By Lucas Grindley
Originally published on Advocate.com June 29 2012 3:18 PM ET
Just like their straight counterparts, gay men find that having kids can sure put a damper on their sex lives, a new study finds.
The report was published in the journal Couple and Family Psychology. Researchers from San Francisco State University interviewed 48 gay couples about how their sex lives changed after starting families.
"When gay couples become parents, they become very focused on the kids, they are tired, there is less time for communication and less desire for sex," said Colleen Hoff, a professor of sexuality studies. "They go through a lot of the same changes as heterosexual couples who have kids."
Huff found that although watching their partner act as a father deepened their admiration for each other, the whole experience results in less time and energy for the relationship plus decreased sexual satisfaction. Still, that didn't increase the need for sex outside the relationship. Open couples remained open, and monogamous couples remained monogamous.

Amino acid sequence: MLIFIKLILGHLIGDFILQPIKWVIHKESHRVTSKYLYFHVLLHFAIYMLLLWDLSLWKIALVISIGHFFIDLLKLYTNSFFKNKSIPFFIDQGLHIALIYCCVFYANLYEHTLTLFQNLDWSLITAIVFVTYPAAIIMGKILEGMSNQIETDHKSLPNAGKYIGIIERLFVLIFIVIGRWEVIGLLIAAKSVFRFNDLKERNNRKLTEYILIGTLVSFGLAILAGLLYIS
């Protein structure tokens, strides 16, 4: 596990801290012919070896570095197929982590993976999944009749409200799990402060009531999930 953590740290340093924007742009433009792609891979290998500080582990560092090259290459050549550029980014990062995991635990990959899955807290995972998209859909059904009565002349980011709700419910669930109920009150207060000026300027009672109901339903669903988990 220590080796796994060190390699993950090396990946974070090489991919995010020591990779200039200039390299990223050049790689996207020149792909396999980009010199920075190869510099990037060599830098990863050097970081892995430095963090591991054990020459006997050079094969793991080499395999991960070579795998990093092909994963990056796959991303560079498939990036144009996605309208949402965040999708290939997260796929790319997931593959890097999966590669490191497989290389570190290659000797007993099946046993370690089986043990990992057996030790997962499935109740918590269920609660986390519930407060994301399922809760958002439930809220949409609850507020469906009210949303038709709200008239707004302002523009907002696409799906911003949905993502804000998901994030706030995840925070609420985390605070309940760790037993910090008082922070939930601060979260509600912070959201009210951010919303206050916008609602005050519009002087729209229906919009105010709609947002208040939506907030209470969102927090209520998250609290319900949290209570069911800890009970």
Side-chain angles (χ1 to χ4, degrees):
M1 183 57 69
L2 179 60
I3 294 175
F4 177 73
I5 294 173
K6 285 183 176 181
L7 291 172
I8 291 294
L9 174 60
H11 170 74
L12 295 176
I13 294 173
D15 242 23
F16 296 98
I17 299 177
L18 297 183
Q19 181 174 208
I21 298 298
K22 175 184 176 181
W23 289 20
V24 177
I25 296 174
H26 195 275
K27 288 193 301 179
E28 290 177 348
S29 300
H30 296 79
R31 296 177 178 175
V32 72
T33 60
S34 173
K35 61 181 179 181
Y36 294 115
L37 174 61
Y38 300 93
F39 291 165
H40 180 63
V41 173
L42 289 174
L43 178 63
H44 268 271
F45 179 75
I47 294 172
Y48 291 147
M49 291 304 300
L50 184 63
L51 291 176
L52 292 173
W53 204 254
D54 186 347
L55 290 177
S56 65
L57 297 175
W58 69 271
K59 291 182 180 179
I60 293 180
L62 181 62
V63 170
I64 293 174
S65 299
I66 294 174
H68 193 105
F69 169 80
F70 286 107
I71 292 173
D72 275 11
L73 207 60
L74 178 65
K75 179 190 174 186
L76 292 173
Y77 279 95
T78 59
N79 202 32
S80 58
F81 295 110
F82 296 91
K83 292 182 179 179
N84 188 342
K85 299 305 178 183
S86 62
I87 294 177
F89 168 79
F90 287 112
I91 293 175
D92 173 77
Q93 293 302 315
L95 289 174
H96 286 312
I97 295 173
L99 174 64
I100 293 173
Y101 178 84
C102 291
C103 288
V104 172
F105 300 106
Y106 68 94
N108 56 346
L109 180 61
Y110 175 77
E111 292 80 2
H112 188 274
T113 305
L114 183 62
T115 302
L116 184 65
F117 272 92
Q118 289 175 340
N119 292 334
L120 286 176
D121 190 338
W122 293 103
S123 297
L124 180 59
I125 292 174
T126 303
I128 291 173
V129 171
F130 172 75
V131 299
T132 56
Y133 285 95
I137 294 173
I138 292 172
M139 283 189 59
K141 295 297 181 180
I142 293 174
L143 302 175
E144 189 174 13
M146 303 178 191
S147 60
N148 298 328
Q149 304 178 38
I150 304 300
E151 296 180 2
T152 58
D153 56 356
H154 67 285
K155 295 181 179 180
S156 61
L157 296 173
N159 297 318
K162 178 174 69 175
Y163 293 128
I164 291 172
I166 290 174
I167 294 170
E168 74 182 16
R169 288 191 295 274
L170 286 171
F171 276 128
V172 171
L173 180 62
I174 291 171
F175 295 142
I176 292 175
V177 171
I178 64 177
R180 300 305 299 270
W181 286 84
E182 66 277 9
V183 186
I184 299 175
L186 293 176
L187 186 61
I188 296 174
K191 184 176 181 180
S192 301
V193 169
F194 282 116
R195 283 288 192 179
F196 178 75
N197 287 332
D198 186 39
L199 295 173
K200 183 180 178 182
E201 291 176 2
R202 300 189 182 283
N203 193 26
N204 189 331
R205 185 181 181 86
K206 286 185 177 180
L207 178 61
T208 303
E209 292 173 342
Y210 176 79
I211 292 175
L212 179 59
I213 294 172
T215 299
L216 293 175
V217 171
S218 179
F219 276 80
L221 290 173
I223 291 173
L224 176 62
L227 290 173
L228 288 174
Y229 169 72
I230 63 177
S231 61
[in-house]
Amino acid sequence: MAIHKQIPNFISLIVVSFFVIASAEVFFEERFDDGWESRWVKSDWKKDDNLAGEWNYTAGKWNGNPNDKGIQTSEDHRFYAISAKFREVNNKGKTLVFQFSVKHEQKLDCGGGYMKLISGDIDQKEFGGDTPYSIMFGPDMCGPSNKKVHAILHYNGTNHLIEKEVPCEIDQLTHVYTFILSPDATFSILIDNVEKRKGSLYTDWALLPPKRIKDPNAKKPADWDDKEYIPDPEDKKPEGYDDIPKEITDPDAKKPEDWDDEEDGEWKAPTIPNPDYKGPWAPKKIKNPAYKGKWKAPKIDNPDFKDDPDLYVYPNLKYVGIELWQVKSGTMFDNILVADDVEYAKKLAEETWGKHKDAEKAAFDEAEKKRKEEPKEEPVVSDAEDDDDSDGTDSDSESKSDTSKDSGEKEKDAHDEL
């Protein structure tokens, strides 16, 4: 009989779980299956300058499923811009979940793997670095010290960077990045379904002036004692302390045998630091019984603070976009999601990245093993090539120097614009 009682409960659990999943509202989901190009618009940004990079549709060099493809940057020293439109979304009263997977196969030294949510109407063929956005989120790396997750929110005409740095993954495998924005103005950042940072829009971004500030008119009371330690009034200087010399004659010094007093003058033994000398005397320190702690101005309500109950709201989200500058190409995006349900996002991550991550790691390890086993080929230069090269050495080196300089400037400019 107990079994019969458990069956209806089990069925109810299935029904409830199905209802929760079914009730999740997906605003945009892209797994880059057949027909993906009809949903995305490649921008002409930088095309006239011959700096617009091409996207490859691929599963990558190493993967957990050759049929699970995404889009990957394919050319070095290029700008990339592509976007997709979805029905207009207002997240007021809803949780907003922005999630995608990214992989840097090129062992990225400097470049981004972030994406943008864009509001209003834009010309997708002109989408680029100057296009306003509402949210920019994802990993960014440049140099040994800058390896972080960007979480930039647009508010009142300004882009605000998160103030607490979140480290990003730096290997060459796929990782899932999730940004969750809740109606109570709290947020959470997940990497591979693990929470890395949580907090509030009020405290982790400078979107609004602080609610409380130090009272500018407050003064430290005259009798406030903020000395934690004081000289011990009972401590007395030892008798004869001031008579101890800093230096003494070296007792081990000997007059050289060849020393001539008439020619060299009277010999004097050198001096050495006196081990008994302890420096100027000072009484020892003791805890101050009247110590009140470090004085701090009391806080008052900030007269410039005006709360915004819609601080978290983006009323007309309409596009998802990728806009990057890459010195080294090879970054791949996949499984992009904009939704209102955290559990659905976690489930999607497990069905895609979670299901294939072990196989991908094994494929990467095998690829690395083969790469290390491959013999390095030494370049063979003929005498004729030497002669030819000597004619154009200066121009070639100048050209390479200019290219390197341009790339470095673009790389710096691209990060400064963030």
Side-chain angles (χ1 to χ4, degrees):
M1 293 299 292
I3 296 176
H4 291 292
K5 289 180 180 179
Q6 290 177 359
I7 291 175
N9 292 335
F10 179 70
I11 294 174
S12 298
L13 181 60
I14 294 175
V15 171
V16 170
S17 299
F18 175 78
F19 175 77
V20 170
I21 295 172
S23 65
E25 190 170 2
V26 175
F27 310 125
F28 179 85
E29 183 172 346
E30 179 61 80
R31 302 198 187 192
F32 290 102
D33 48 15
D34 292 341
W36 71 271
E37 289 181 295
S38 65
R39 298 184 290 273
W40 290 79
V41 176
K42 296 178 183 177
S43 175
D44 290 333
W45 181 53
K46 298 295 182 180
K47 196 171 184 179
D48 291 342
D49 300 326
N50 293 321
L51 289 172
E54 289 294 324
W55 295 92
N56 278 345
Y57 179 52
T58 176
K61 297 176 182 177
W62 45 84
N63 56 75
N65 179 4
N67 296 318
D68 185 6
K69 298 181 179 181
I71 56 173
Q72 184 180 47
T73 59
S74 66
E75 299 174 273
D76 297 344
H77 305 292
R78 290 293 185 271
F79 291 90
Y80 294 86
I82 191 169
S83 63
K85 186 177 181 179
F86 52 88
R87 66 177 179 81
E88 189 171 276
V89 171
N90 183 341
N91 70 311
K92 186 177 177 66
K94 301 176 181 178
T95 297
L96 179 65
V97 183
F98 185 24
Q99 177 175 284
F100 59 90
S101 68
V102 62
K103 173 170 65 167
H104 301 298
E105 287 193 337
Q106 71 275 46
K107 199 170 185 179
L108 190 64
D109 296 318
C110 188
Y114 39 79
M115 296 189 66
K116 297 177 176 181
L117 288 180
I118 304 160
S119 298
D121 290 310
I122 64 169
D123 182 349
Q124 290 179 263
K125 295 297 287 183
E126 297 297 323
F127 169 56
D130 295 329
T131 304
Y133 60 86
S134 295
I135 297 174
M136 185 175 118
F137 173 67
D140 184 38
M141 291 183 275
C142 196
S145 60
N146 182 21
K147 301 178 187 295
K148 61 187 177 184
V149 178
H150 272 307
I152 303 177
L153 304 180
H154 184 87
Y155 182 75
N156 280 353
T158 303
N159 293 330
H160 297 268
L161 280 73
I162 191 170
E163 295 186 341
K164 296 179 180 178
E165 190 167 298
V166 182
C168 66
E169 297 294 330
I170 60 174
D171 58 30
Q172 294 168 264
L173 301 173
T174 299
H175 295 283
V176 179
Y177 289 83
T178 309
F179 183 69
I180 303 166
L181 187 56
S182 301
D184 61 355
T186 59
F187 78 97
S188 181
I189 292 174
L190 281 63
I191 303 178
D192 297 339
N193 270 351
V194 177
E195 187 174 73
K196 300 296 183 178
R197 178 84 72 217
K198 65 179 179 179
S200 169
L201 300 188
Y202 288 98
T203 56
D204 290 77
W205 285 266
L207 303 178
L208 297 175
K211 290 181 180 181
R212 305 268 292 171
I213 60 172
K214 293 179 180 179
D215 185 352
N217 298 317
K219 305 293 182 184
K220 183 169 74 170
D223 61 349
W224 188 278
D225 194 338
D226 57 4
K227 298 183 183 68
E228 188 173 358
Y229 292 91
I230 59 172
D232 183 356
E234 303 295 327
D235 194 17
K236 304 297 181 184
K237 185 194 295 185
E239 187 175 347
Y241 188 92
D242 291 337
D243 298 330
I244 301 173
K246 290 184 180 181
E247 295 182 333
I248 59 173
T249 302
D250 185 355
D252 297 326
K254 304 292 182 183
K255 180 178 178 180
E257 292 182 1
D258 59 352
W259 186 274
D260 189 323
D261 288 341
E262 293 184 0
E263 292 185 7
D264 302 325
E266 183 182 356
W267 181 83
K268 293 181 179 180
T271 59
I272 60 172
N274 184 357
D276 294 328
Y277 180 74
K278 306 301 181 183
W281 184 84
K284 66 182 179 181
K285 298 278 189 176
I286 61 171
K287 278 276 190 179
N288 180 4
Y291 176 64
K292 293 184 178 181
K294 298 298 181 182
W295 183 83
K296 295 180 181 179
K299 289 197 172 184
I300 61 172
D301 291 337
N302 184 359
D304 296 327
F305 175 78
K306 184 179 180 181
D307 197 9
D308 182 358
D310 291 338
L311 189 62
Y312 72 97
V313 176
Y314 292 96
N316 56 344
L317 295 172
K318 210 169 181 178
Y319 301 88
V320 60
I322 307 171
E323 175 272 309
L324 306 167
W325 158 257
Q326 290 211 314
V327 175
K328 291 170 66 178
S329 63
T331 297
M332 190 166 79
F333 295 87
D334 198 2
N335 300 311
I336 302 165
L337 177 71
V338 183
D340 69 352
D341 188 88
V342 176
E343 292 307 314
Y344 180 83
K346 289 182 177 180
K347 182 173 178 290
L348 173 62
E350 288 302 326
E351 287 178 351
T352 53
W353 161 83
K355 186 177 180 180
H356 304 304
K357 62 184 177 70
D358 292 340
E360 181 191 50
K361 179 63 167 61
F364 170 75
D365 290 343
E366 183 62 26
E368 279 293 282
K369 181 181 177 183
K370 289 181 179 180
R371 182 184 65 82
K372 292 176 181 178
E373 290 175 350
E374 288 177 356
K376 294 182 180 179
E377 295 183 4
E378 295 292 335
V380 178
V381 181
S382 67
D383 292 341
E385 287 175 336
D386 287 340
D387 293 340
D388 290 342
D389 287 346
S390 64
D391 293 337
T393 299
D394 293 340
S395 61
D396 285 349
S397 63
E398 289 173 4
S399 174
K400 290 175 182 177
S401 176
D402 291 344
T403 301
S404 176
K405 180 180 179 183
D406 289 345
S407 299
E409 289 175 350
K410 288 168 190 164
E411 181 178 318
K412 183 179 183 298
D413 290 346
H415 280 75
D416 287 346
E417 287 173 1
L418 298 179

Researchers pointed out, though, that couples who were in open relationships before having children then became more reluctant to talk about it with doctors or friends — perhaps increasing their chances of risky behavior that contracts an STD.
"Some men felt that there is this assumption that if you are a gay parent you are monogamous," Hoff said. "This kind of stigma around gay parents' sexuality could be a concern if gay fathers are reluctant to talk to their physician about their sexual agreement and get tested for HIV."
The study recommends to doctors that they ask questions and never assume a gay couple are monogamous just because they have children.